Misadventures through marriage surrogacy and parenting after infertility
When Miscarriage 30 Years ago was Just Silence
A lot has changed over the past few decades in regards to sensitivity and access to resources and support groups for those who at grieving with a miscarriage or loss. For those of us who feel adverse social or familial pressure for pursuing reproductive treatment can you imagine what that would have looked like 30 years ago?
Yet, so much has not changed as well. Often in this series I "listen" to the electronic voices of those who bravely share their story with a re-exposed a place of raw emotion. Something always comes out, they felt alone.
How can we shatter those feelings and change it to they felt supported?
We start by being like Lisa. Lisa is a fellow infertility advocate and writer with a fire in her belly to change things. To make sure it is a different place than when she struggled with infertility and loss 30 years ago. Lisa has dedicated her life to not forget her struggle but to change it for the next her. Thank you Lisa for all you do and your life’s work.
Here is Lisa's story:
When I suffered through my miscarriages almost 30 years ago, I felt alone because I was alone. I had a loving husband, wonderful family and fabulous friends. And I was still alone. We didn't know how to handle this type of loss alone, much less together.
I used the word suffered quite deliberately. It's an accurate word to describe how I felt. Alone is also accurate. There was no internet and no other place that helped support a loss like what I was experiencing. There were no rainbow babies. There were no rituals. There was no acknowledgement about a loss that hadn't even yet been acknowledged as a pregnancy. There was nothing.
The fertility clinic that I was working with had no resources to help, which was typical at the time. No one knew that miscarriage or early pregnancy loss needed to be addressed, that we needed help. The reproductive medicine field was too young. The concerns were about creating embryos and placing them in a uterus and all the myriad of issues that grew from those medical and scientific goals.
And there was worse than silence. There were well meaning, well intentioned comments that not only felt like arrows to my heart, they felt like they contained poison. Hurtful at the moment and then the poison slowly seeping in, at horribly strategic moments, as self doubt.
One of the hardest pieces that I had to face was my own response to the loss. Since it wasn't really a baby, why all the upset? Intellectually, I believed then and believe now that these little clumps of cells that are barely embryos are not babies. Politically, I also agree they are not babies and not people. Morally, for me, they are not babies.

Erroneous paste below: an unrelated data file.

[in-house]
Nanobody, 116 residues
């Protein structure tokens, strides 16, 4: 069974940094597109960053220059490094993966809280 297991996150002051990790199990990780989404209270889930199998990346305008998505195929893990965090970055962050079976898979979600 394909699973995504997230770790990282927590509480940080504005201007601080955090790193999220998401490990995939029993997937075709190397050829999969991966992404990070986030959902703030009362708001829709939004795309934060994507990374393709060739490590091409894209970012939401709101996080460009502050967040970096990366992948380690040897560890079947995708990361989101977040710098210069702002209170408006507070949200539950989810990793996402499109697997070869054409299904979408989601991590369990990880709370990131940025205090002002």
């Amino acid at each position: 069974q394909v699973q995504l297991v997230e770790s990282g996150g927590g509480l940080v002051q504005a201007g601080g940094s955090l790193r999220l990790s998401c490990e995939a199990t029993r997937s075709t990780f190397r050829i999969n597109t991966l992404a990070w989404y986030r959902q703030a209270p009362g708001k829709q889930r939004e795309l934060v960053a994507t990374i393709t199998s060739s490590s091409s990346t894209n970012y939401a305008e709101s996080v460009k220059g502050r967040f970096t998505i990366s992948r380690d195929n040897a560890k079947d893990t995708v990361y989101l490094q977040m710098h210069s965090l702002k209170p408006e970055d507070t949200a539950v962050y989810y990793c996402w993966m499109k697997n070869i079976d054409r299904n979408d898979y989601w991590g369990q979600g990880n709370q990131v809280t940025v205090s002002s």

What explained then, the flood of tears and the feeling that I had in fact lost something? What I knew is that I was trying very hard to find something, a successful pregnancy to build a family and the two times that I did find pregnancy, in a moment, they were gone. They were monumental losses despite the fact that they were tiny enough to fit on the head of a pin. They were losses of hope, of dreams, of heritage and of continuation of life and family. Do any of us who are trying to become pregnant not see these microscopic dividing cells as our babies even when intellectually we know that they are not babies?
After the miscarriages happened, I didn't know what to do with myself. I couldn't go to work, I was too distraught. I drove myself crazy for a day or two, staying at home, finding no relief in the quiet and unbusiness of being home. I didn't want to be with my friends or family because they just did not get it. They just did not. They said all the things about loss that I've learned from becoming a Certified Grief Recovery Specialist did not and could not help.
One statement, said over and over, stung most of all. The one that started, "You should be grateful". The sentence ended different ways but not really. The ending was always about something that someone else thought I should feel.
I remember hearing the following statements like it was yesterday:
I should be grateful because some women never get this far.
I should be grateful that I can afford fertility treatment.
I should be grateful that I wasn't born thirty years earlier when there was no treatment available.
I should be grateful that I had a loving spouse.
I should be grateful that I had a job and a home to live in.
I was grateful for all those things, actually. And my heart was still shattered. I was still suffering from a loss, a broken heart that could not be healed by messages that were meant for my brain.
I was not necessarily grateful for anything in the moment that my pregnancies ended and I was bleeding out the babies that I so desperately wanted. Wasn't it ok not to feel gratitude in that moment? To just feel the sadness, the ache, the fear?
My clumps of cells, had they progressed into fetuses, then babies, then children, then adults, would be 27 and 25 today. This month in fact.
Do I remember that every single fall?
You bet I do.
And I say a prayer, of my own making, and a thank you to those babies that never came into to my arms and who will always live in my heart.
Photo Credit: Lisa Rosenthal
(yes Advocate, writer and super fertility woman by day unbelievably talented photographer in her spare time.)
Get to know Lisa Rosenthal. Lisa has over twenty-five years of experience in the fertility field. After her personal infertility journey, she felt dissatisfied with the lack of comprehensive services available to support her. She was determined to help others undergoing fertility treatment. After 15 years working with patient not for profit fertility organizations (Resolve & The American Fertility Association- now Path2Fertility) Lisa has been with RMACT for nine years and is currently Patient Advocate and Blog Editor-in-Chief.